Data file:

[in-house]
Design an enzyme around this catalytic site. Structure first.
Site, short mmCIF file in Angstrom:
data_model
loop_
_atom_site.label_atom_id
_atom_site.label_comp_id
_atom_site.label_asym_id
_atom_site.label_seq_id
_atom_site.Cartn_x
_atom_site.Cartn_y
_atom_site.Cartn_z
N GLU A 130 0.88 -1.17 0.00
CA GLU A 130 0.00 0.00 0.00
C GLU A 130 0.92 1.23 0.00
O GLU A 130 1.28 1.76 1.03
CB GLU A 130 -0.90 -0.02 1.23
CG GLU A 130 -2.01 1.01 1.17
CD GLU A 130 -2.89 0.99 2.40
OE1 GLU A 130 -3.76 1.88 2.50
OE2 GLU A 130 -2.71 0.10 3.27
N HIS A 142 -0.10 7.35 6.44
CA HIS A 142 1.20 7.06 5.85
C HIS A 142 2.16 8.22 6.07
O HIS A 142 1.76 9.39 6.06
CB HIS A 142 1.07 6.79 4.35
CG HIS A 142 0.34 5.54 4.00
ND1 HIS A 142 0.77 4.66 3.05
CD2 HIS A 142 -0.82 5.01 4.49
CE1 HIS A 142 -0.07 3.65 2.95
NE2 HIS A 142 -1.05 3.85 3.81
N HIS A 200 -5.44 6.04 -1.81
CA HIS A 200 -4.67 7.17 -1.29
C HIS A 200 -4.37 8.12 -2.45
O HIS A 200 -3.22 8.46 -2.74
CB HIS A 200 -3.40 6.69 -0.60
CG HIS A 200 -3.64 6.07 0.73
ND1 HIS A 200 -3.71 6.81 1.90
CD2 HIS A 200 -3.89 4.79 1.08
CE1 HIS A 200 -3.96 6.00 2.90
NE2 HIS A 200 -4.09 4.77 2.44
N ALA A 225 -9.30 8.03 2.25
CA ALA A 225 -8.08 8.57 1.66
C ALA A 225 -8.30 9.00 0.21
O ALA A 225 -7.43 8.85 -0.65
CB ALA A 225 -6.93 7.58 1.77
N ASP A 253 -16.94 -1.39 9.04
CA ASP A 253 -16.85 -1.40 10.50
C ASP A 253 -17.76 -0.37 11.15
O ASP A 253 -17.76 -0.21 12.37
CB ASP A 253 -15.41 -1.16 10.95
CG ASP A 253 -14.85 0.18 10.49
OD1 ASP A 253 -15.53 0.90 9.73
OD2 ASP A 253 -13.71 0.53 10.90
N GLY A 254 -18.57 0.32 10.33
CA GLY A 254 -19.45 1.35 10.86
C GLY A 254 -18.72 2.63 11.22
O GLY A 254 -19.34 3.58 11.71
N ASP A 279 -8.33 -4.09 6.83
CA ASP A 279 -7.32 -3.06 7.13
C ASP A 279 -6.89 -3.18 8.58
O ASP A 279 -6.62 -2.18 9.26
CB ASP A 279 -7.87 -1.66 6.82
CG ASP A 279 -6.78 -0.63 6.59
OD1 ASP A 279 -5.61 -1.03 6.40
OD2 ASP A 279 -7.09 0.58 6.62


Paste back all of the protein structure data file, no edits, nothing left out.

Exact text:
[in-house]
Design an enzyme around this catalytic site. Structure first.
Site, short mmCIF file in Angstrom:
data_model
loop_
_atom_site.label_atom_id
_atom_site.label_comp_id
_atom_site.label_asym_id
_atom_site.label_seq_id
_atom_site.Cartn_x
_atom_site.Cartn_y
_atom_site.Cartn_z
N GLU A 130 0.88 -1.17 0.00
CA GLU A 130 0.00 0.00 0.00
C GLU A 130 0.92 1.23 0.00
O GLU A 130 1.28 1.76 1.03
CB GLU A 130 -0.90 -0.02 1.23
CG GLU A 130 -2.01 1.01 1.17
CD GLU A 130 -2.89 0.99 2.40
OE1 GLU A 130 -3.76 1.88 2.50
OE2 GLU A 130 -2.71 0.10 3.27
N HIS A 142 -0.10 7.35 6.44
CA HIS A 142 1.20 7.06 5.85
C HIS A 142 2.16 8.22 6.07
O HIS A 142 1.76 9.39 6.06
CB HIS A 142 1.07 6.79 4.35
CG HIS A 142 0.34 5.54 4.00
ND1 HIS A 142 0.77 4.66 3.05
CD2 HIS A 142 -0.82 5.01 4.49
CE1 HIS A 142 -0.07 3.65 2.95
NE2 HIS A 142 -1.05 3.85 3.81
N HIS A 200 -5.44 6.04 -1.81
CA HIS A 200 -4.67 7.17 -1.29
C HIS A 200 -4.37 8.12 -2.45
O HIS A 200 -3.22 8.46 -2.74
CB HIS A 200 -3.40 6.69 -0.60
CG HIS A 200 -3.64 6.07 0.73
ND1 HIS A 200 -3.71 6.81 1.90
CD2 HIS A 200 -3.89 4.79 1.08
CE1 HIS A 200 -3.96 6.00 2.90
NE2 HIS A 200 -4.09 4.77 2.44
N ALA A 225 -9.30 8.03 2.25
CA ALA A 225 -8.08 8.57 1.66
C ALA A 225 -8.30 9.00 0.21
O ALA A 225 -7.43 8.85 -0.65
CB ALA A 225 -6.93 7.58 1.77
N ASP A 253 -16.94 -1.39 9.04
CA ASP A 253 -16.85 -1.40 10.50
C ASP A 253 -17.76 -0.37 11.15
O ASP A 253 -17.76 -0.21 12.37
CB ASP A 253 -15.41 -1.16 10.95
CG ASP A 253 -14.85 0.18 10.49
OD1 ASP A 253 -15.53 0.90 9.73
OD2 ASP A 253 -13.71 0.53 10.90
N GLY A 254 -18.57 0.32 10.33
CA GLY A 254 -19.45 1.35 10.86
C GLY A 254 -18.72 2.63 11.22
O GLY A 254 -19.34 3.58 11.71
N ASP A 279 -8.33 -4.09 6.83
CA ASP A 279 -7.32 -3.06 7.13
C ASP A 279 -6.89 -3.18 8.58
O ASP A 279 -6.62 -2.18 9.26
CB ASP A 279 -7.87 -1.66 6.82
CG ASP A 279 -6.78 -0.63 6.59
OD1 ASP A 279 -5.61 -1.03 6.40
OD2 ASP A 279 -7.09 0.58 6.62